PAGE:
More than 101 Plates

ramadan 1bRamadan came and went but we hope its meaningful activities at the museum will stay with our visitors.  This year visitors took part in our Iftar feast for those in need, created lanterns that many children in the Middle East carry during the nights of Ramadan and learned about the moon phases and their relation to Ramadan.  At the beginning of Ramadan families pour into the streets seeking the new moon; when they see the first sliver, Ramadan has begun.

Ramadan is an important month for Muslims all over the world.  During this time Muslims give up both food and water from dawn to sunset and try to focus on self-improvement and discipline.  Similarly, an important component of Ramadan is helping those in need and giving more to your community.  During our Ramadan activities we displayed traditional clothes from Afghanistan and Pakistan, as well as prayer mats.  A quiet, welcoming reading area with children’s stories about Ramadan encouraged families to sit down and read together.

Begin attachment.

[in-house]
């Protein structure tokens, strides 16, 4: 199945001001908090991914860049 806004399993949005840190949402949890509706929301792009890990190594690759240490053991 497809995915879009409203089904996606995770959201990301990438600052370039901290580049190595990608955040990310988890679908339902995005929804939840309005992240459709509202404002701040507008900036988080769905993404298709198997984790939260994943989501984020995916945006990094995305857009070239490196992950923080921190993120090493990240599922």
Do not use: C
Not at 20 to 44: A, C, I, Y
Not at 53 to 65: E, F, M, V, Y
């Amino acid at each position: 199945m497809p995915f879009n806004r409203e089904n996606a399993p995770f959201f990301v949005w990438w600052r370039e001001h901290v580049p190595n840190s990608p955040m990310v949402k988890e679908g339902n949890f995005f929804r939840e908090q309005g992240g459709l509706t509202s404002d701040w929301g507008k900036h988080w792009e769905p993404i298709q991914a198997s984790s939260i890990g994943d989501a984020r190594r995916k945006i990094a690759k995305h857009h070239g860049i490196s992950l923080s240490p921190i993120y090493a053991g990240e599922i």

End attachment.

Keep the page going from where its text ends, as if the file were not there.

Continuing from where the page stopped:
ramadan 3bTo create the Iftar (evening meal eaten during Ramadan) visitors were given a paper plate on which they could paste pictures of countless delicious foods from magazines.  Many visitors took the time to create a delicious plate filled with rice, meat, vegetables and even desserts.  After finishing the plate, they brought their completed “meal” to the Iftar picnic cloth spread across the floor.  The cloth also included dishes of pretend food from some of our exhibits.  At the end of the activity we had more than 101 plates.

I have to say, as someone that experienced Ramadan in Afghanistan and Pakistan as a child, the Iftar meal activity created an amazing feeling in me as I was surrounded by so many plates.  More importantly, as I sat around the plates, I remembered that beyond the differences, what we share – the commitment to caring for the needy and to making a difference – is evident in each of us.

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